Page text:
sufficiency of an information is whether a
person of common understanding would know
what is intended to be charged. State v.
Kirkland (1979), Mont., 602 P.2d 586, 590,
36 St.Rep. 1963, 1966. 'The general rule
is that when the facts, acts and circumstances
are set forth with sufficient certainty to
constitute an offense, it is not a fatal defect that the complaint gives the offense an
erroneous name.' State v. Schnell (1939),
107 Mont. 579, 88 P.2d 19, 22. . ."
The Court pointed out that the information in Longneck
charged him with the crime of deliberate homicide.
that charge, Longneck also could have been convicted of the
lesser included offense of aggravated assault.
Court pointed out that the proof showed two different assaults,
and the assault of which he was convicted. was not the assault
which was included in the deliberate homicide.
words, Longneck was found to have assaulted the deceased but
was not found to have been the assailant in the fatal assault.
The Court further stated:
"Ideally, the information should have named,
in addition to the deliberate homicide charge,
a separate count of aggravated assault to
cover the nonfatal, first assault; or, it
should have charged the defendant with only
the nonfatal, first assault. Despite this
inaccuracy in naming the offense, the facts
detailed in the information and in the motion
for leave to file the information served to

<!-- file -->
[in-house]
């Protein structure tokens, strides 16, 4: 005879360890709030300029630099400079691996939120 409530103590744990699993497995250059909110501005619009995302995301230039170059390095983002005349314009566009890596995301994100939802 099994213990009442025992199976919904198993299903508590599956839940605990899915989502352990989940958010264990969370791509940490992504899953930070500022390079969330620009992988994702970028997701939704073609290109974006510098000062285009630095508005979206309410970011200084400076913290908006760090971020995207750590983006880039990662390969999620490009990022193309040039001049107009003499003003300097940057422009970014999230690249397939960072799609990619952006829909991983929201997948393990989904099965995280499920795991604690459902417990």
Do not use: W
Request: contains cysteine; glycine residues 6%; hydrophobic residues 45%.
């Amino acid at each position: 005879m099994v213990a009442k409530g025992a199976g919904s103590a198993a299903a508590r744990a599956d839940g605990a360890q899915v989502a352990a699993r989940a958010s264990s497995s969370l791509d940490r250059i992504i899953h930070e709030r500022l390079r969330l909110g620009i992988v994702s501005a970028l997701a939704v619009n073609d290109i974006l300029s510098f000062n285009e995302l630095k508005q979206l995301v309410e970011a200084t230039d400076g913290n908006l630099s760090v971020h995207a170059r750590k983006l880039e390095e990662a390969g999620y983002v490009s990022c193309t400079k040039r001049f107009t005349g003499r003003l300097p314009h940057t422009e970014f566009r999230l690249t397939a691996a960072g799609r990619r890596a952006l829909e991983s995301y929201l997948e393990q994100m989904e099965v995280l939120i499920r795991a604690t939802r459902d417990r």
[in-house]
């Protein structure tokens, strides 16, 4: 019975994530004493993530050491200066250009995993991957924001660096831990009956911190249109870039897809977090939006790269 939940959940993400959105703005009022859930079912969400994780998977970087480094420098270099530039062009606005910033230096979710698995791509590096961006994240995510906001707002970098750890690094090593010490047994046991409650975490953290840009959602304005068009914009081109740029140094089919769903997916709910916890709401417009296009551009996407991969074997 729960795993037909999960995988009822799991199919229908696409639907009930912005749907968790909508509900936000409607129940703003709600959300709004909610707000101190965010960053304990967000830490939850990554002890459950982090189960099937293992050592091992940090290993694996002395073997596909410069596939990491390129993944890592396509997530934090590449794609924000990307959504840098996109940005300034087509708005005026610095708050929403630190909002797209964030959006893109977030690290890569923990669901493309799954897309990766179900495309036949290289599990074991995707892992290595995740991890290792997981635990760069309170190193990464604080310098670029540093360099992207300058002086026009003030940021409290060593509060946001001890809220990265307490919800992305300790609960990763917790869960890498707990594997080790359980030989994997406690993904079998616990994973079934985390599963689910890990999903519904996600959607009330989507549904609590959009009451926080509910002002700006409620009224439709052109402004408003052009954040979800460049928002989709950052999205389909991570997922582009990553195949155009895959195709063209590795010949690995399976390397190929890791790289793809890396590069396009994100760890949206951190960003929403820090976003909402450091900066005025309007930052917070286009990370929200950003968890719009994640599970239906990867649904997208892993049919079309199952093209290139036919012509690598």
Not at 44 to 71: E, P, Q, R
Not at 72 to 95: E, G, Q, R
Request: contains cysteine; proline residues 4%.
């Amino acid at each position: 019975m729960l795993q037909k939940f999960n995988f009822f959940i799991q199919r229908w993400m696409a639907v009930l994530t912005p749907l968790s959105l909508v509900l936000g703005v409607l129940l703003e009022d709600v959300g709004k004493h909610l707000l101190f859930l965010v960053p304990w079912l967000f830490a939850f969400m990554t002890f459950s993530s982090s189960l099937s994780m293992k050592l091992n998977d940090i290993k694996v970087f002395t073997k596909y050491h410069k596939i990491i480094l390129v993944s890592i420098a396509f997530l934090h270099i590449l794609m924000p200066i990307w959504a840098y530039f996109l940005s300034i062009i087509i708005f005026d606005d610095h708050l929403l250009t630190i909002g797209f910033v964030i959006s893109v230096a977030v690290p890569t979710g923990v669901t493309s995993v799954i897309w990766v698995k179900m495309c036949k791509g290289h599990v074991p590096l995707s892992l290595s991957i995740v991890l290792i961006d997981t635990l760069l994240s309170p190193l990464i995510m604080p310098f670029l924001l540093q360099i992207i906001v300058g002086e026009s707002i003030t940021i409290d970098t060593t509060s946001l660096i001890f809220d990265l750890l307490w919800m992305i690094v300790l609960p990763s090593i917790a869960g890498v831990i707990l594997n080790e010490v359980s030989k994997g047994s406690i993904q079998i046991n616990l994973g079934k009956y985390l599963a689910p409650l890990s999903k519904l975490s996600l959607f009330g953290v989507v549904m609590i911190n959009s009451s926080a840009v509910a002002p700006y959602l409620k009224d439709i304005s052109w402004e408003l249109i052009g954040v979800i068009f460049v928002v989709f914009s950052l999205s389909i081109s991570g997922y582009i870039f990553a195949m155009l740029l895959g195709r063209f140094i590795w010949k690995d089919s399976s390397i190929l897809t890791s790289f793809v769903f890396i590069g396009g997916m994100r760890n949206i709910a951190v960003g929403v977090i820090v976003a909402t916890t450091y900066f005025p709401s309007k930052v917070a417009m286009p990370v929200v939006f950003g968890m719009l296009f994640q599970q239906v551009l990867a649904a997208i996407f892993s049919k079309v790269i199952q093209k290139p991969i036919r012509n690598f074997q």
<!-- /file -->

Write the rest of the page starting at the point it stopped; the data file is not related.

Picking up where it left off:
inform the defendant of what was intended to
be charged and against what he was required
to defend. He could not have been surprised
or misled at trial." 640 P.2d at 439, 38
St.Rep. at 2163.
In the present case, the District Court, in its opinion,
stated as follows:
"Marijuana is defined in the Montana code as
'all plant material from the genus cannabis
containing tetraohydrocannabinol [sic] (THC)
or seeds of the genus capable of germination.'
50-32-lOl(16). According to Black's Law Dictionary (5th ed. West, 1979), hashish is a
'drug which is formed of resin scraped from
the flowering top of the cannabis plant, as
distinguished from marijuana which consists
of the chopped leaves and stems of the cannabis plant.' Tetrahydrocannibinol [sic] (THC)
is the principal psychoactive ingredient in
cannabis drugs. (Jones, Hardin and Helen,
Sensual Drugs, Cambridge University Press,
1977.) THC and marijuana are both listed
in Schedule I. THC is a constituent of hashish, and hashish and marijuana are both derived from the cannabis plant. In this way,
hashish is defined as a dangerous drug, the
possession of which is made criminal under
Applying the rationale of Longneck to the present case,
I would hold that while ideally, the information should have
charged that the defendant did have under his control and
possession marijuana or tetrahydrocannabinols in the form of
hashish, the facts detailed in the information are sufficient
to inform the defendant of the crime with which he was
charged and against which he was require? to defend.
a person of common understanding would readily comprehend a
charge of the possession of hashish.
The addition of the
words marijuana in the form of hashish, or tetrahydrocannabinols
in the form of hashish, would add very little, if anything,
to the knowledge of the charge for a person of common understanding.
The term "hashish" is widely known and understood in our
I do not see how the defendant can seriously
contend that he would have gained essential information for
understanding the charge had it stated that the defendant
was charged with tetrahydrocannabinols in the form of hashish.
I do not see how the defendant could claim that the form of
the information could have resulted in the surprise or
misleading of the defendant at trial.
I would reverse the District Court.